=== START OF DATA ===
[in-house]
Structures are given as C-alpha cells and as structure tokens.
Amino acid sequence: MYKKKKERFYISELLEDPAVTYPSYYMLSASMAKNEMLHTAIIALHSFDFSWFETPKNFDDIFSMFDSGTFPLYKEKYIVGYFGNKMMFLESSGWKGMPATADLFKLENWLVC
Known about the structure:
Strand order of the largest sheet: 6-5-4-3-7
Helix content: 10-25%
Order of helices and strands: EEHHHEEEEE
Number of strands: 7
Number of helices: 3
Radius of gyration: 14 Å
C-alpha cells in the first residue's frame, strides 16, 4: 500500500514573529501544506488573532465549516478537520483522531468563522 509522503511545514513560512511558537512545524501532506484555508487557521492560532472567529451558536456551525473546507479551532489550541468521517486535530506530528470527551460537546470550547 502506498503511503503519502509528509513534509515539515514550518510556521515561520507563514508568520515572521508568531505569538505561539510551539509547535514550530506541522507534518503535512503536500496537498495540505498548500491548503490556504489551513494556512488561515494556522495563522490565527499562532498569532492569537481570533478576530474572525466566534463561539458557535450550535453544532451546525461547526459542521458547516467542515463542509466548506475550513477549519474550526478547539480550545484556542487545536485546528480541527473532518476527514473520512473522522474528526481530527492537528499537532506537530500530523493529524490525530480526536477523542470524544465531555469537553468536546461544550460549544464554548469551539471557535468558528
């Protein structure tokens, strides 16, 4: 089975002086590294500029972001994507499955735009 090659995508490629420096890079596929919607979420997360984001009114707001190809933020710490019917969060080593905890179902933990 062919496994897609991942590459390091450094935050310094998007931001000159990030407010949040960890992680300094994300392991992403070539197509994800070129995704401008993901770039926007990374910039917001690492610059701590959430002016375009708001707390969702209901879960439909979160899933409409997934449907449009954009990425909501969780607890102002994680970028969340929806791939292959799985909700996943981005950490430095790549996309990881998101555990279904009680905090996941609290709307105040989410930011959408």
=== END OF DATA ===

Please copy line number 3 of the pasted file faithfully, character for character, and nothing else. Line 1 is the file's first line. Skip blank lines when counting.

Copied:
Amino acid sequence: MYKKKKERFYISELLEDPAVTYPSYYMLSASMAKNEMLHTAIIALHSFDFSWFETPKNFDDIFSMFDSGTFPLYKEKYIVGYFGNKMMFLESSGWKGMPATADLFKLENWLVC